In all criminal prosecutions, the accused shall enjoy the right to a speedy and public trial, by an impartial jury of the state and district wherein the crime shall have been committed, which district shall have been previously ascertained by law, and to be informed of the nature and cause of the accusation; to be confronted with the witnesses against him; to have compulsory process for obtaining witnesses in his favor, and to have the assistance of counsel for his defense.
In suits at common law, where the value in controversy shall exceed twenty dollars, the right of trial by jury shall be preserved, and no fact tried by a jury, shall be otherwise reexamined in any court of the United States, than according to the rules of the common law.
Excessive bail shall not be required, nor excessive fines imposed, nor cruel and unusual punishments inflicted.
The enumeration in the Constitution, of certain rights, shall not be construed to deny or disparage others retained by the people.
The powers not delegated to the United States by the Constitution, nor prohibited by it to the states, are reserved to the states respectively, or to the people.

Tuesday, October 10, 2017

A Virginia Colonist' Despair/Colonial House



Loving and kind father and mother:


My most humble duty remembered to you, hoping in God of your good health. This is to let you understand that I, your child, am in a most heavy case because of the nature of the country, which causes much sickness. When we are sick there is nothing to comfort us. Since I came out of the ship, I never ate anything but peas and loblollie (that is, water gruel). As for deer or venison, I never saw any since I came into this land. There is indeed some fowl. But we are not allowed to go and get it. We must work hard both early and late for a mess of water gruel and a mouthful of bread and beef.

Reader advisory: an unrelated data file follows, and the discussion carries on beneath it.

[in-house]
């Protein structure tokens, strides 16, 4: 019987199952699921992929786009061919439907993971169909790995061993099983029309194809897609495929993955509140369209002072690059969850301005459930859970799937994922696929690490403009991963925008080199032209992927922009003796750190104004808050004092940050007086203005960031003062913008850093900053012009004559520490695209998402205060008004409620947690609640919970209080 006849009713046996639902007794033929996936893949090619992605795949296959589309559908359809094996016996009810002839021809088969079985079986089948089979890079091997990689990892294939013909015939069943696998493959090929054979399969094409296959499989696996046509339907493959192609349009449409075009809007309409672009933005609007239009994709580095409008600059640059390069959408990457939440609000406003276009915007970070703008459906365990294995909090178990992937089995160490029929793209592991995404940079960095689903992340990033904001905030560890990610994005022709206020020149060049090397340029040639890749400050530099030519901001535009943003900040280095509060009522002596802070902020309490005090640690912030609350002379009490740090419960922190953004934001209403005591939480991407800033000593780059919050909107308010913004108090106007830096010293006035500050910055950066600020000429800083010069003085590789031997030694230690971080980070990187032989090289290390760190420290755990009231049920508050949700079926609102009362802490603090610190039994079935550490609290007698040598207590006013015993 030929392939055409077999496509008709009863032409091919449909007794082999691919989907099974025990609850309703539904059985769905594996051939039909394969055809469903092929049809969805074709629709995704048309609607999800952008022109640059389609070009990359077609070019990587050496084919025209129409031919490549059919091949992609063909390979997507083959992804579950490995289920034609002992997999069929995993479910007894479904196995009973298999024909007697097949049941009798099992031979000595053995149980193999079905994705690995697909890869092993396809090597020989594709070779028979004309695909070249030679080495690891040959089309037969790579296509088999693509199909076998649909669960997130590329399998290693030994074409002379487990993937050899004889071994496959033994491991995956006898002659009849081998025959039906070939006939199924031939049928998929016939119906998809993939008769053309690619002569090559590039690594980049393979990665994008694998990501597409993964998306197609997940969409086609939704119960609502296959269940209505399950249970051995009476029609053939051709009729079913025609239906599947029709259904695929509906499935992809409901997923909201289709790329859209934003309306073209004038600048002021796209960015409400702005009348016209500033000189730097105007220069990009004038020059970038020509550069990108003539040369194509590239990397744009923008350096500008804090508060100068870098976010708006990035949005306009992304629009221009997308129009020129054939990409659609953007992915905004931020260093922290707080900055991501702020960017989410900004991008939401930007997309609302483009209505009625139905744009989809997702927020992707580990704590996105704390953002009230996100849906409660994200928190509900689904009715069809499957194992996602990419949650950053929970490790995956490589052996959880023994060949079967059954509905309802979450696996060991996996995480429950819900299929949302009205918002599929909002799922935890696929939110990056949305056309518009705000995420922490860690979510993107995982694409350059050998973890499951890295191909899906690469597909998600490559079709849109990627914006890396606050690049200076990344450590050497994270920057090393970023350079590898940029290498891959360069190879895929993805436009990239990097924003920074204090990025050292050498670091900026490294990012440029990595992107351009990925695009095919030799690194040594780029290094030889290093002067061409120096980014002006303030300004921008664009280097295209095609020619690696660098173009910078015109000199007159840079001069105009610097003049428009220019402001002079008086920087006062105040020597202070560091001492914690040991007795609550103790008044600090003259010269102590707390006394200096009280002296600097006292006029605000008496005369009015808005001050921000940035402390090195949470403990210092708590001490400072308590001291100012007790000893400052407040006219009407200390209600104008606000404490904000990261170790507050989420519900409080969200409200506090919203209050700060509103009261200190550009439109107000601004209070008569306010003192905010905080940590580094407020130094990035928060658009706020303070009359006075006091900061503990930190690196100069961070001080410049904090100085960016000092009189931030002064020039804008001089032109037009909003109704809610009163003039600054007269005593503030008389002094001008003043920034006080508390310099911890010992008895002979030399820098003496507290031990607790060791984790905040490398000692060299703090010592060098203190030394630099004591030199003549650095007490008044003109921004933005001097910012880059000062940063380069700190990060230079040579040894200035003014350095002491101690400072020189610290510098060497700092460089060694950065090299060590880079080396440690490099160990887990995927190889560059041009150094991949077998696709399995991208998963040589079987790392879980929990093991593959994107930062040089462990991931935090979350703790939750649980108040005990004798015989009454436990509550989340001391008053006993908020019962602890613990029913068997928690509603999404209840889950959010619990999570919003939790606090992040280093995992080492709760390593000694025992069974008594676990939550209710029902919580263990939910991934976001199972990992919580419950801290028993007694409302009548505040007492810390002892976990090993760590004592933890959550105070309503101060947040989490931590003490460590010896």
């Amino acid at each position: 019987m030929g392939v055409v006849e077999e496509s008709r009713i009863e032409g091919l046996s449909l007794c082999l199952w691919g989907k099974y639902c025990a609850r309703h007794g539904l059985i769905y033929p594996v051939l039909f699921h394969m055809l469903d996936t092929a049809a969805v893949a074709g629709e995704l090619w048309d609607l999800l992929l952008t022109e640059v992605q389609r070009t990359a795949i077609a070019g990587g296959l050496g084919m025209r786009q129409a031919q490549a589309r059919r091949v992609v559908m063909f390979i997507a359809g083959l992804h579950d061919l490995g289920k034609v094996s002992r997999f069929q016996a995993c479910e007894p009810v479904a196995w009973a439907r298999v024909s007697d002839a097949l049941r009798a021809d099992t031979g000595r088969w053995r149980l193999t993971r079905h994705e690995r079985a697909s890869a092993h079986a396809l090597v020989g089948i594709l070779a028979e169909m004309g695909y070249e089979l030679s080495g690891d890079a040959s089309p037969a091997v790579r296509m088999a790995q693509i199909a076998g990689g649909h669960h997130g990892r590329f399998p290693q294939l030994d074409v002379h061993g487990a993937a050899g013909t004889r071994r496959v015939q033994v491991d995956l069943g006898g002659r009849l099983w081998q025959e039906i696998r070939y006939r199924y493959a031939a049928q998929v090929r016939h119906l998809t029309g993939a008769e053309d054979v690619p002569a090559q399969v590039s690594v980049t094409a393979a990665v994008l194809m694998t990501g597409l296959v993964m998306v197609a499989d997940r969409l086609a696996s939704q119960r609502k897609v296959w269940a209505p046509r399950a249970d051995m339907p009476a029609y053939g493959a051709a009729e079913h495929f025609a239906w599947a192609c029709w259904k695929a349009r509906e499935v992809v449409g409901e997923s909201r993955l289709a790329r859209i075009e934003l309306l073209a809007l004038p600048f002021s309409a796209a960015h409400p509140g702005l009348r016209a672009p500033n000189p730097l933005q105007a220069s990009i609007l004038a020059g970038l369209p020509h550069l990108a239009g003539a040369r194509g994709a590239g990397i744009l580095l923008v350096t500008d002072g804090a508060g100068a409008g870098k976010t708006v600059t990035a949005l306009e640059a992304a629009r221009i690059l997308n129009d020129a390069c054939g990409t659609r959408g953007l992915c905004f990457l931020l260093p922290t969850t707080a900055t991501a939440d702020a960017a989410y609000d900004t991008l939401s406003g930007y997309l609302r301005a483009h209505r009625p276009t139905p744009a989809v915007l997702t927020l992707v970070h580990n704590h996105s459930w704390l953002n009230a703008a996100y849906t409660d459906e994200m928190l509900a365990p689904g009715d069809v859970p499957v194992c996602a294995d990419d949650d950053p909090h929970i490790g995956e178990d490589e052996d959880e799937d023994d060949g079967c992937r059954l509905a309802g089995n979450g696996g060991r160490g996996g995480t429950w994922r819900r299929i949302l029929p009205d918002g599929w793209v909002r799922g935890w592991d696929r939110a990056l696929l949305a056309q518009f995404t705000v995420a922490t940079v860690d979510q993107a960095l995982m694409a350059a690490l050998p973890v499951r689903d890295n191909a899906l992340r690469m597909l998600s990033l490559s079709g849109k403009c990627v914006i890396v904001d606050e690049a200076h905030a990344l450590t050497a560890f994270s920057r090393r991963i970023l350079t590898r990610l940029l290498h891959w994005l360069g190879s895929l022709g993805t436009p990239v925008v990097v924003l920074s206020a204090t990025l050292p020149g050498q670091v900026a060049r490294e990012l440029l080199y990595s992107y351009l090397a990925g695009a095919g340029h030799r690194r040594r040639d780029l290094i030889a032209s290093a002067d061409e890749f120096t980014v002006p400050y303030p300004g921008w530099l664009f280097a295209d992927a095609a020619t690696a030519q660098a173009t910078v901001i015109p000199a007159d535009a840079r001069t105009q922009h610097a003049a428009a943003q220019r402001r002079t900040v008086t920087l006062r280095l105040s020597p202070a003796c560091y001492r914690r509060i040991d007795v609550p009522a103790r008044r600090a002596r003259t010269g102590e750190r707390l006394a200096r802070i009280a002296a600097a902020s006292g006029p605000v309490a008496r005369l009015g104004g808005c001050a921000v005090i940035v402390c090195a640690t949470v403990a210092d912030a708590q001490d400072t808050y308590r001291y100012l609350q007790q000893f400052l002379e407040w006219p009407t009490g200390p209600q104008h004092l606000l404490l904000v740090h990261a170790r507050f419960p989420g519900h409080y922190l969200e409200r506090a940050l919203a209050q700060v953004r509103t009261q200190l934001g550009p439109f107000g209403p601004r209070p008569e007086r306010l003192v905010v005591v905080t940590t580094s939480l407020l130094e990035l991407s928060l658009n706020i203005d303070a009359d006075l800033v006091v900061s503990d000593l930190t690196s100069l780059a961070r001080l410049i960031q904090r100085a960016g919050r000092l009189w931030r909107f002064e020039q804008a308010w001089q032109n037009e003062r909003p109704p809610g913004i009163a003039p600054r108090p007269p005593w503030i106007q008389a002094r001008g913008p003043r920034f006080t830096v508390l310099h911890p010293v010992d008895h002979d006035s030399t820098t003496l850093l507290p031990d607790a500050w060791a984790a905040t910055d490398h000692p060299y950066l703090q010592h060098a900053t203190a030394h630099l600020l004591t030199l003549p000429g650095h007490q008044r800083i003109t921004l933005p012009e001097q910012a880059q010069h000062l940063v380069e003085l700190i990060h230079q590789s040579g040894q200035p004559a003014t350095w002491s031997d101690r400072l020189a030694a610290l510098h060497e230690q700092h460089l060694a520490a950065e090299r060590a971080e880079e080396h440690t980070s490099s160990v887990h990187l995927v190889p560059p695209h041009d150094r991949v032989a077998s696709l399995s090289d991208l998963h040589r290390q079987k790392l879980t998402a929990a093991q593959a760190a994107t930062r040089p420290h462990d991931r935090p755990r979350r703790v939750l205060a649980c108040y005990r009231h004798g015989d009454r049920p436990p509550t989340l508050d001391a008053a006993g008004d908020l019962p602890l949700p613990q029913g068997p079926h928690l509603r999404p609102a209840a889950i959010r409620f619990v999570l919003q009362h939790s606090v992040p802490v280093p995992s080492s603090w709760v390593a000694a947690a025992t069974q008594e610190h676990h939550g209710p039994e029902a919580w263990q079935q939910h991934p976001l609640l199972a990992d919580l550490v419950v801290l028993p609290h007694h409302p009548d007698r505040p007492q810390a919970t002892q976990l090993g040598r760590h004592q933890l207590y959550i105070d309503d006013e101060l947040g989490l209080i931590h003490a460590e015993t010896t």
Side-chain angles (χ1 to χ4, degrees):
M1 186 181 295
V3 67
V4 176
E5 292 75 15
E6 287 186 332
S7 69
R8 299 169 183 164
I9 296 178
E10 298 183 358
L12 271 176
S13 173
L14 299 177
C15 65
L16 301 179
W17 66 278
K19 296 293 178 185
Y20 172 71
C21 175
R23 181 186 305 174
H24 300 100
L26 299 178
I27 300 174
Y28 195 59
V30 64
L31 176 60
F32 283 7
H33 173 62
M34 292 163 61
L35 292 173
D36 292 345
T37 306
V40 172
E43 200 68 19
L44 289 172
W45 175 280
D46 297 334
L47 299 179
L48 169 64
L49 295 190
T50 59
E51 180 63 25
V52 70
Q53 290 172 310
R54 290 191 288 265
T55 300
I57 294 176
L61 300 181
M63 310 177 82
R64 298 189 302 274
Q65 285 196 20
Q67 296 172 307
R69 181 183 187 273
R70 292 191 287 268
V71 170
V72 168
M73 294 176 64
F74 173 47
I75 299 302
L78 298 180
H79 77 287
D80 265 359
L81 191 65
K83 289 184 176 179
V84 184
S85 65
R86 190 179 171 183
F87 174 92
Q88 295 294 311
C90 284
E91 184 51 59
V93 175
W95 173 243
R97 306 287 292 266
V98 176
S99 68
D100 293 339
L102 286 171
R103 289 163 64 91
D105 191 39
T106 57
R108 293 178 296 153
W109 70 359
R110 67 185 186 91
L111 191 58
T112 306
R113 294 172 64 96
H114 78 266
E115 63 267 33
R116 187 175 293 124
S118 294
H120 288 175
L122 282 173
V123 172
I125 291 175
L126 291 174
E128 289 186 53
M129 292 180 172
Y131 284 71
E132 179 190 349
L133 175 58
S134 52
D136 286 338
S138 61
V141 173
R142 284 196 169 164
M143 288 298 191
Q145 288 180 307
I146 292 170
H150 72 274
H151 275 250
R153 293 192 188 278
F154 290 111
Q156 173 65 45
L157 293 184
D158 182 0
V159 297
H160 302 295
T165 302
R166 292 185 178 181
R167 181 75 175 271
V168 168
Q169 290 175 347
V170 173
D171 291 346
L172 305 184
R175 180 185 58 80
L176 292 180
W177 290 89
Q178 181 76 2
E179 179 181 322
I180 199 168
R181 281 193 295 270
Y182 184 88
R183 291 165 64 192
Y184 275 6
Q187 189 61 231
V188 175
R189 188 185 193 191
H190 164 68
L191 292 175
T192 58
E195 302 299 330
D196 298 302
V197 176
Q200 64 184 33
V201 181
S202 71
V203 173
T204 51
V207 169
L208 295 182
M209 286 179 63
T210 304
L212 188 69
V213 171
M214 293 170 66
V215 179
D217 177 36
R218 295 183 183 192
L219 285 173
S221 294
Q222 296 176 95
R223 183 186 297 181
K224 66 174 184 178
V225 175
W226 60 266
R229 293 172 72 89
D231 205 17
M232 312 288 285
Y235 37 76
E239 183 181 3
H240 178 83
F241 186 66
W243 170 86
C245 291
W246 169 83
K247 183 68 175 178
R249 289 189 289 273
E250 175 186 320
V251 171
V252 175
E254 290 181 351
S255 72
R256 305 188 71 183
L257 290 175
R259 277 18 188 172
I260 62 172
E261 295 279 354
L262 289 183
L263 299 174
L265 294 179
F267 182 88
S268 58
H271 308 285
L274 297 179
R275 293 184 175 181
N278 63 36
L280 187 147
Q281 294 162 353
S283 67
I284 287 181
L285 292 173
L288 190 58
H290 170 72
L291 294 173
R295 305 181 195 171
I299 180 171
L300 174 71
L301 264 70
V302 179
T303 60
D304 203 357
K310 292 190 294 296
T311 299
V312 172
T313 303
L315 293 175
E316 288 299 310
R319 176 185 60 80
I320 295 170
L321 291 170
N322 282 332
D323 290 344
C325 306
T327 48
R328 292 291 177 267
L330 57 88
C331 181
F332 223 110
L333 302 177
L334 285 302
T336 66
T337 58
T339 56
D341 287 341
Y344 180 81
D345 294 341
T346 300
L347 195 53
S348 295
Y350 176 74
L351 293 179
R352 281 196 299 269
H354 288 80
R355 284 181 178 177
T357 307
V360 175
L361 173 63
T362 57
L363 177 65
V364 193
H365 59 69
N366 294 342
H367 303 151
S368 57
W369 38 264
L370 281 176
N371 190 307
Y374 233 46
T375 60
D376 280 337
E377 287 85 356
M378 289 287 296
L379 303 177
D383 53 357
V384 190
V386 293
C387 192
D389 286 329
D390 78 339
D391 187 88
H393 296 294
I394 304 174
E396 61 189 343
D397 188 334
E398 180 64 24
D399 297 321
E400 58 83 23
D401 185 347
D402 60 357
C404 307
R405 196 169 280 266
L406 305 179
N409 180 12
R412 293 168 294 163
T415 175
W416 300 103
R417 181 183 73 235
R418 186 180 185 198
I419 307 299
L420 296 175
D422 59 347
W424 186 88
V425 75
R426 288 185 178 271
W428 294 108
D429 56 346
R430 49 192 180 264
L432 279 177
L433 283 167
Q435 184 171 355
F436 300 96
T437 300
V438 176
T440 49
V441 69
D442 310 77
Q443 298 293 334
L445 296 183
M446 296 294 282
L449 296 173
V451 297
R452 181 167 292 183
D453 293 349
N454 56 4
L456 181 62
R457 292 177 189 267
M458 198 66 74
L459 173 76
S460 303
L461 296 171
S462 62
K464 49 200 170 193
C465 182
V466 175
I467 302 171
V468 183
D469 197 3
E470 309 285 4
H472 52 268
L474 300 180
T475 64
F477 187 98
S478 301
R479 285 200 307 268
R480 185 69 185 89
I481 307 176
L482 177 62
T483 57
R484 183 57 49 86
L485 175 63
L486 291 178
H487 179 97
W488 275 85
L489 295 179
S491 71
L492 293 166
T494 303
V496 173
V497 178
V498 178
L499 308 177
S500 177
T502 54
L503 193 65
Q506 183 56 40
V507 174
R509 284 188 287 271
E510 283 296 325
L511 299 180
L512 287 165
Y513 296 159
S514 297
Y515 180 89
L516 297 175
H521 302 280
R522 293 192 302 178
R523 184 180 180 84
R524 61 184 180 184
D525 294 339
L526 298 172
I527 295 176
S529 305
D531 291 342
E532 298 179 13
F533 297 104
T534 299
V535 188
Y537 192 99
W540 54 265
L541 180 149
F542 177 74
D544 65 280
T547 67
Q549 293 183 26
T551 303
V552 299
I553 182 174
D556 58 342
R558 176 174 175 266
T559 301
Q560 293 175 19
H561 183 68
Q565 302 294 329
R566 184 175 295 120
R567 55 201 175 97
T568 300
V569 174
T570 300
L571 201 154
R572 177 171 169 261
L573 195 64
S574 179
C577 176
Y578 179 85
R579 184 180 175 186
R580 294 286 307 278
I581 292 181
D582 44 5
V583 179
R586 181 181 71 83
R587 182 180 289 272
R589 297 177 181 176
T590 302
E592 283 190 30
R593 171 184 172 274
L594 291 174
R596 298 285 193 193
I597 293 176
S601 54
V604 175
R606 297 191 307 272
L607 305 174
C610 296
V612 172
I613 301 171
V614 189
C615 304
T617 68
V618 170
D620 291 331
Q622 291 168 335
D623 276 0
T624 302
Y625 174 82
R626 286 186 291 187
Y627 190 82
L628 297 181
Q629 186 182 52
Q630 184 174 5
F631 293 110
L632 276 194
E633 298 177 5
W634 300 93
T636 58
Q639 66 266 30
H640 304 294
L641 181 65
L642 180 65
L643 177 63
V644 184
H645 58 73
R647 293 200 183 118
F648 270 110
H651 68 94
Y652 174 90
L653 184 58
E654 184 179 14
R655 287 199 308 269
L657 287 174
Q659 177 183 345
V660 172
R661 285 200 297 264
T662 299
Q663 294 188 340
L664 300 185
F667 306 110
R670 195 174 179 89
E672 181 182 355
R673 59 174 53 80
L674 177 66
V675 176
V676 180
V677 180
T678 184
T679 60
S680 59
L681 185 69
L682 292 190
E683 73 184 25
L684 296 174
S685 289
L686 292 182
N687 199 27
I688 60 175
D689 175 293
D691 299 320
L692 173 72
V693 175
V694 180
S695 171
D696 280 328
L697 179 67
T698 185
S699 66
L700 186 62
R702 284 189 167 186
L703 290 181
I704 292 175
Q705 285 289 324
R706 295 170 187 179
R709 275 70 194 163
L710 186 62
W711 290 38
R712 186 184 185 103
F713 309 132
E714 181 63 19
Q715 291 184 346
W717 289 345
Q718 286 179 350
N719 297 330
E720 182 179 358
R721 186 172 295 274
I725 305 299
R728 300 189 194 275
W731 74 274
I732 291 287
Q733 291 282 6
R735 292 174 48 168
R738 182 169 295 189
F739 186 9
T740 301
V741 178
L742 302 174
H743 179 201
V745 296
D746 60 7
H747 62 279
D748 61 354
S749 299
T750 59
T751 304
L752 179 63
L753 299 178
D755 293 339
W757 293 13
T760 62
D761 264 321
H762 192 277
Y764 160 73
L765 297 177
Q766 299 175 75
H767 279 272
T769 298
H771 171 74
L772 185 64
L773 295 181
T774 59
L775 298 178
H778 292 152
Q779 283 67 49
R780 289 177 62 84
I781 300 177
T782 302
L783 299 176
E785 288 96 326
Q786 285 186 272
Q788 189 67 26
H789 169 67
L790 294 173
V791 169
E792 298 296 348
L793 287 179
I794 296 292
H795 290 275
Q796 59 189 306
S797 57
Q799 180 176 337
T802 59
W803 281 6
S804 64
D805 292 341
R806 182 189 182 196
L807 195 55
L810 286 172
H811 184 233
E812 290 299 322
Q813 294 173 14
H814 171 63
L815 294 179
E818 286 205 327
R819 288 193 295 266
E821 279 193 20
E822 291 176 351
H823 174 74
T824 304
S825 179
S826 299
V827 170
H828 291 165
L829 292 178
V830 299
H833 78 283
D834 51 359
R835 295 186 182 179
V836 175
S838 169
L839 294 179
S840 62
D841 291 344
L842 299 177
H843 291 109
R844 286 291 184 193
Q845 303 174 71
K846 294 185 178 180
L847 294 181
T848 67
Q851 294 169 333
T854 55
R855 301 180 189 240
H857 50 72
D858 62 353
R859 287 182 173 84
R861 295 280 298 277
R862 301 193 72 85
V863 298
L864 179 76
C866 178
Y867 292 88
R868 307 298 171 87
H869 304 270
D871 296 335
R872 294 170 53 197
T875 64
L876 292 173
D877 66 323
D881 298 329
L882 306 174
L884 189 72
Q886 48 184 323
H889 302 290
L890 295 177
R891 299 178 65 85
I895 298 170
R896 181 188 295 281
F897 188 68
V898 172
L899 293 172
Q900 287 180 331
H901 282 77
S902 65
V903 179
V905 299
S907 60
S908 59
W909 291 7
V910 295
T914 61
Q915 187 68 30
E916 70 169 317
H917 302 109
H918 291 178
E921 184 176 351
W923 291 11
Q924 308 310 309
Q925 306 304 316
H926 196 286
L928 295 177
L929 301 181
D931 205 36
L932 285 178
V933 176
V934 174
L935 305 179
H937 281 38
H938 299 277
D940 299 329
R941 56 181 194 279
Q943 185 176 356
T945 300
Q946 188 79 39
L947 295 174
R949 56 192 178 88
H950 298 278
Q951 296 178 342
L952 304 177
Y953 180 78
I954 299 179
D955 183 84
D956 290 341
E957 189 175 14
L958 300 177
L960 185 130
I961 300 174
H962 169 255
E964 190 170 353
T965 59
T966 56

We live in fear of the enemy every hour; we are but 32 to fight against 3,000 if they should come. And the nearest help that we have is 10 miles from us. When the rogues overcame this place the last time they slew 80 persons.
I have nothing to comfort me. I have nothing at all—no, not a shirt to my back but two rags, nor no clothes but one poor suit, nor but one pair of shoes, one pair of stockings, and one cap. My cloak was stolen by one of my own fellows. And to his dying hour, he would not tell me what he did with it. Some of my fellows saw him take butter and beef out of a ship, which my cloak, I doubt not, paid for.